Notable Examples


Notable Derivative: X Logic

The term “logic” has gained common usage in general for mocking the behavior, acts or thought processes of other subjects, varying between videogames, animals, objects, etc. Images of these can often be found on Reddit and have also spawned numerous Advice Animal style image macros on Quickmeme. Popular subjects include Men’s Logic[20], Dog Logic[21][22]Cat Logic[23] and Grand Theft Auto Logic [19].

Related Memes

Crazy Girlfriend Praying Mantis

Crazy Girlfriend Praying Mantis is an advice animal image macro series featuring a photo of a praying mantis set against a blue and teal colorwheel background. The overlaid text typically describes what an overbearing, irrational or obsessive girlfriend might say to her significant other.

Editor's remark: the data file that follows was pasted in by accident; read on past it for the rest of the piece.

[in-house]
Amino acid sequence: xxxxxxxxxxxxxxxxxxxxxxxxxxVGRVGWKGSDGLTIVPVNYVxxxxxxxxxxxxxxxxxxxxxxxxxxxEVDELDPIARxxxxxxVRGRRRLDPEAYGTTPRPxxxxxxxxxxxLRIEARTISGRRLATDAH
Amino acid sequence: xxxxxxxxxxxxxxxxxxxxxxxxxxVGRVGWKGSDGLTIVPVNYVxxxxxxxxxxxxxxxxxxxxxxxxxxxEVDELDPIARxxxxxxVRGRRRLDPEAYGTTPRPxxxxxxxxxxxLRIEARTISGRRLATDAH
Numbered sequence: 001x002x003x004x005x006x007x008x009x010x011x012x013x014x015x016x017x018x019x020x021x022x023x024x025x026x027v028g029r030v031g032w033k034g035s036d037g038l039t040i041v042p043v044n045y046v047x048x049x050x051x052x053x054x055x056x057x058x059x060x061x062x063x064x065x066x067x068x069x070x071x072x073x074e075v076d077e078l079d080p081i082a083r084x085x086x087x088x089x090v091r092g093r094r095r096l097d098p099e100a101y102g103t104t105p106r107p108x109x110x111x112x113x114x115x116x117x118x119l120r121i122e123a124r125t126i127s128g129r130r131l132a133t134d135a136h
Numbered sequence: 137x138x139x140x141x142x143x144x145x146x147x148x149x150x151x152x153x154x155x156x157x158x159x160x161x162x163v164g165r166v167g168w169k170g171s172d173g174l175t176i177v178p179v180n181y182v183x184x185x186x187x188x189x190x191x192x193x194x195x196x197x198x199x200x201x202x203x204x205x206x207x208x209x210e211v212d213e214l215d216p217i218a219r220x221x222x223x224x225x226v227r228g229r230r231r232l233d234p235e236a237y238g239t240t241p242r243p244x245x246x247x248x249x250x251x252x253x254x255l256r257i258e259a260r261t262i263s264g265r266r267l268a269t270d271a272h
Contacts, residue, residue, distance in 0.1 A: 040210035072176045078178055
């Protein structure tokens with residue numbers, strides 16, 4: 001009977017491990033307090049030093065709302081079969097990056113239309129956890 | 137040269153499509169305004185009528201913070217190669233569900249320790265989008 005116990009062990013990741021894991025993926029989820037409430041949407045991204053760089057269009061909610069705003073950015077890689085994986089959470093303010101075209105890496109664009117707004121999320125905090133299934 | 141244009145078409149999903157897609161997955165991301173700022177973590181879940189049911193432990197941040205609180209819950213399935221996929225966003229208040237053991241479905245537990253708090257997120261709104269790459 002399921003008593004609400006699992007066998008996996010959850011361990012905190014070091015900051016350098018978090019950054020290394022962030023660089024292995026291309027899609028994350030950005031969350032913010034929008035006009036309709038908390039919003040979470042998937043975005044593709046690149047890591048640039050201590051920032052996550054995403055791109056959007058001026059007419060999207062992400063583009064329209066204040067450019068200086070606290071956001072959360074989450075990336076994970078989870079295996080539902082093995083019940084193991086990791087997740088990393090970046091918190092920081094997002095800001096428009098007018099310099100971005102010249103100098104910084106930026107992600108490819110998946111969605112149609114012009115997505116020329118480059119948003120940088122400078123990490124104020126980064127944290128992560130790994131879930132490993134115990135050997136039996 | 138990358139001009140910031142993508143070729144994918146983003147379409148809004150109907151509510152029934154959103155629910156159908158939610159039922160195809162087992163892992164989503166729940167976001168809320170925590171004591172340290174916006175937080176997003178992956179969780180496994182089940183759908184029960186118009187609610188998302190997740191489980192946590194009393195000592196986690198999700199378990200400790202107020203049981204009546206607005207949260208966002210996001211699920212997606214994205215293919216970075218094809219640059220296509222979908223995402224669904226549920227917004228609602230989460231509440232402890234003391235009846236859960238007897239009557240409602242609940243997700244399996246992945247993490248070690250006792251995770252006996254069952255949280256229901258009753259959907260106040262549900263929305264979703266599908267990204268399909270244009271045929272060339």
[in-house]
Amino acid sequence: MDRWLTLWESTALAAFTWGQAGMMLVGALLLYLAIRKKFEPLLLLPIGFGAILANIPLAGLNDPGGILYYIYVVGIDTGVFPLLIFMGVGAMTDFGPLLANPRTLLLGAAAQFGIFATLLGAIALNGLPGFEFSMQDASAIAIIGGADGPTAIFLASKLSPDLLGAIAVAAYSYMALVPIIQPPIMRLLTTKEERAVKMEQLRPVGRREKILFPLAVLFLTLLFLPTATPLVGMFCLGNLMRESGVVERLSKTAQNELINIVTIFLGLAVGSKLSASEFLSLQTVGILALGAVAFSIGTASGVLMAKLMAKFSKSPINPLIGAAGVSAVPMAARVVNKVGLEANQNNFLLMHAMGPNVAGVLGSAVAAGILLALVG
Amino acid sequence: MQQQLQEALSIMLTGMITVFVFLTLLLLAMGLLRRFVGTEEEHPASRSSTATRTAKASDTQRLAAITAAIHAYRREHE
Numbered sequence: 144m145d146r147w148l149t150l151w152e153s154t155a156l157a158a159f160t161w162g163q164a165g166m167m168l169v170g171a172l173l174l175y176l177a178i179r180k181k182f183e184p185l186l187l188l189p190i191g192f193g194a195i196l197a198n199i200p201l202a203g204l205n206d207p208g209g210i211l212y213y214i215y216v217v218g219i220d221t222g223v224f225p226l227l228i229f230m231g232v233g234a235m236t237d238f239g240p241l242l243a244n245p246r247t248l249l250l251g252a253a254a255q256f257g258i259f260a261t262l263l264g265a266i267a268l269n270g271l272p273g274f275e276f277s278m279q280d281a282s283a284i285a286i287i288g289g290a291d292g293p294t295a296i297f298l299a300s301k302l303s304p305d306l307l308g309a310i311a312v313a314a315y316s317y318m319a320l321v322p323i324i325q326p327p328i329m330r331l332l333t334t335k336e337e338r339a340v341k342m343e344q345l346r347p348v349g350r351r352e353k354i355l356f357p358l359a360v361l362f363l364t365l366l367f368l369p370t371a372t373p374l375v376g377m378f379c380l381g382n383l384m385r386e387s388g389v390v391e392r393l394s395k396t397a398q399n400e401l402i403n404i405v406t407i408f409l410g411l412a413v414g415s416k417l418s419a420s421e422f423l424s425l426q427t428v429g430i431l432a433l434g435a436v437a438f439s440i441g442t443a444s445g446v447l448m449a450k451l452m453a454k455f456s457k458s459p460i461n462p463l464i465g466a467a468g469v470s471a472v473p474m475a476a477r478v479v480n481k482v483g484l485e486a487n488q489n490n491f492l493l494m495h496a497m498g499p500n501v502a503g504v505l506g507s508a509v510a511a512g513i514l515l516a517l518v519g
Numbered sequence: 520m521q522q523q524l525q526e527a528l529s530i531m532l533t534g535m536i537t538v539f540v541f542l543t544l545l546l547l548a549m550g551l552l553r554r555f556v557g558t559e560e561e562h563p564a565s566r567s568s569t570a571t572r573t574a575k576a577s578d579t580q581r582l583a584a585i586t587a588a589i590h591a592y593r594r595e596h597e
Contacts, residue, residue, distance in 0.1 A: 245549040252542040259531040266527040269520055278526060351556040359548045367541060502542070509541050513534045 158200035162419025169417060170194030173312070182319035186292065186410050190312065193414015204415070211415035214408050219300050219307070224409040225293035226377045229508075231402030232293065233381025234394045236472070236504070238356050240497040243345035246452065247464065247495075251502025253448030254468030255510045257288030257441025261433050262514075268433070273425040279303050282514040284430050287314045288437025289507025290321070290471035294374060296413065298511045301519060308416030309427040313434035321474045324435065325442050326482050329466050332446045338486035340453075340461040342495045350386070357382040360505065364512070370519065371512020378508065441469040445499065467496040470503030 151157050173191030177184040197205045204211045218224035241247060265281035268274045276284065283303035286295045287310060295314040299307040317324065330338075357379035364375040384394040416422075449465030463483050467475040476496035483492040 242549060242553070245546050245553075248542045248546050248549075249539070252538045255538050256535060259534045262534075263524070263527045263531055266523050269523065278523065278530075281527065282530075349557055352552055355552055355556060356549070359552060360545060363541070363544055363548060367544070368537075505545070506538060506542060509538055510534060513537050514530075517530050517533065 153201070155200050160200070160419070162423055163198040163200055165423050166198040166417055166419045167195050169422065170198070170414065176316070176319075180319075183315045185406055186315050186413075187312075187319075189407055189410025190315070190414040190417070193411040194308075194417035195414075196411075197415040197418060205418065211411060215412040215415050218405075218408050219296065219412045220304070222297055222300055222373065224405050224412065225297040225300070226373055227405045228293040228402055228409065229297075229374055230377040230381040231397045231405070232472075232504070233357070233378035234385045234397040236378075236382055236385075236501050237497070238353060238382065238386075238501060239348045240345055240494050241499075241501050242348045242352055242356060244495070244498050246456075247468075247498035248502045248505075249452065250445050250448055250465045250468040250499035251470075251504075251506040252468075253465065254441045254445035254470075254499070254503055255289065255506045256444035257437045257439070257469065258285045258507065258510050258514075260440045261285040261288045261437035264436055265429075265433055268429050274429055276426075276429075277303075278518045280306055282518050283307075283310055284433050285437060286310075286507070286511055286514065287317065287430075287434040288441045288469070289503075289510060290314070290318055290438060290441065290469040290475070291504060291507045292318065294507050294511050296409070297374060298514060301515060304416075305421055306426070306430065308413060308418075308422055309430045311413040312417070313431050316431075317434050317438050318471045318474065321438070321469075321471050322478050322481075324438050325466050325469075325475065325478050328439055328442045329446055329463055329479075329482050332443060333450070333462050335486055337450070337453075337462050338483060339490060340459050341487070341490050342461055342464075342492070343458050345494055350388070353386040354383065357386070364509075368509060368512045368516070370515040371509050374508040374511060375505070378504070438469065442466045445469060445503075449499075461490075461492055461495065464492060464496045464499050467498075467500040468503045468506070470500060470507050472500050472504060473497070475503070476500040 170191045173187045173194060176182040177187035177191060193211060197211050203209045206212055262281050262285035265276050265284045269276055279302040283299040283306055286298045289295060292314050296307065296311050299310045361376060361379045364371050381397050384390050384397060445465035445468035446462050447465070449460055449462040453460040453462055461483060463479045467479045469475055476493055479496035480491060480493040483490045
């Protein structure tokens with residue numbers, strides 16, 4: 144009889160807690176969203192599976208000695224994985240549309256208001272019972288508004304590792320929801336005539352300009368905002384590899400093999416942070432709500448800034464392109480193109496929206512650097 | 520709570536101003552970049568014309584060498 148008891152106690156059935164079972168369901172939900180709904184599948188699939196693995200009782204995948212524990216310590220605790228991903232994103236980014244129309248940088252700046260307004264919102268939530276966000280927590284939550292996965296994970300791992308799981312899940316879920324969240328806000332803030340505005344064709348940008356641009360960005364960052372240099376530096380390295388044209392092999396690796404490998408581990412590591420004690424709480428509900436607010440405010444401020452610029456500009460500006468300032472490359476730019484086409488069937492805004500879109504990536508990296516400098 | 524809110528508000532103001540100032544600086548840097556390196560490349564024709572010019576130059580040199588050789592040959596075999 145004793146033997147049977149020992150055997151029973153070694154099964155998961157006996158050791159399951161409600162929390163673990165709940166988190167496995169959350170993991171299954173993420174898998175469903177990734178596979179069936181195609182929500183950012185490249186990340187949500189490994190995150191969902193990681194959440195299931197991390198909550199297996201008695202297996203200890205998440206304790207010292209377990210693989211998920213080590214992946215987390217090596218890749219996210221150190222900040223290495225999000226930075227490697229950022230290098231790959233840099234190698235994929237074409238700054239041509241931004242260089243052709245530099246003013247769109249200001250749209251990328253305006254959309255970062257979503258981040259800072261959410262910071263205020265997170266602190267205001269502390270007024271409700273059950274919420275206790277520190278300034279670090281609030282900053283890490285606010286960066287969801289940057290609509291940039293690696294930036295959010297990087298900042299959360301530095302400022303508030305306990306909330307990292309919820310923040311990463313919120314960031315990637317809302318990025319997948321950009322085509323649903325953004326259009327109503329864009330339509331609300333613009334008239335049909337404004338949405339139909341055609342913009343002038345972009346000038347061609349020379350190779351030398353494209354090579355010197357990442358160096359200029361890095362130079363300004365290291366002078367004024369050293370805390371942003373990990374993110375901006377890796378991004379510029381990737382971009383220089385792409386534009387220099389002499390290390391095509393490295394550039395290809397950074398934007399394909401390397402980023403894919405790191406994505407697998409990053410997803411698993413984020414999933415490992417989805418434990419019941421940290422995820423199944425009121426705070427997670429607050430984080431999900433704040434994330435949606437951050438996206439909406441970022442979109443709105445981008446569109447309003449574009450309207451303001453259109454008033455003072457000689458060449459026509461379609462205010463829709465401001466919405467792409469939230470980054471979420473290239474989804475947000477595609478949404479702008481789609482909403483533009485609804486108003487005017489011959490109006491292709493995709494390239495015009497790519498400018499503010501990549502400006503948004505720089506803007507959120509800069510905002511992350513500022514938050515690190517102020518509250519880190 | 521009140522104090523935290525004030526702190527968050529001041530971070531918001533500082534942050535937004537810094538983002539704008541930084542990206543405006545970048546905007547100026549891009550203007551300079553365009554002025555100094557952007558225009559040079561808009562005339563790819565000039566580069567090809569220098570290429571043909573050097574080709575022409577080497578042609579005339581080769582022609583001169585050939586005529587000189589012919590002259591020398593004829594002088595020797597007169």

Irrational Black Woman

Irrational Black Woman is an advice animal image macro series featuring an African American woman wearing a business suit. The series is heavily influenced by the stereotype of irrational expectations set by certain African American females in popular films and TV shows, especially in regard to romantic interests and interactions with significant others.

Friend Zone Fiona

Friend Zone Fiona is an advice animal image macro series with a stock photo of a laughing girl. The caption technique is similar to Successful Black Man, where the top refers to something a girl would say romantically followed by the bottom text confirming that she is just a friend.

Feminist Nazi

Feminist Nazi is an advice animal image macro series featuring a photograph of Australian reality TV star Layla Joyce Subritzky from the ninth season of Big Brother Australia. The captions typically depict a naive approach to stereotypical feminist ideas, in a similar manner to College Liberal.

Overly Attached Girlfriend

Overly Attached Girlfriend is an advice animal image macro featuring webcam picture of a girl and various captions portraying her in the stereotype of an overprotective and clingy girlfriend.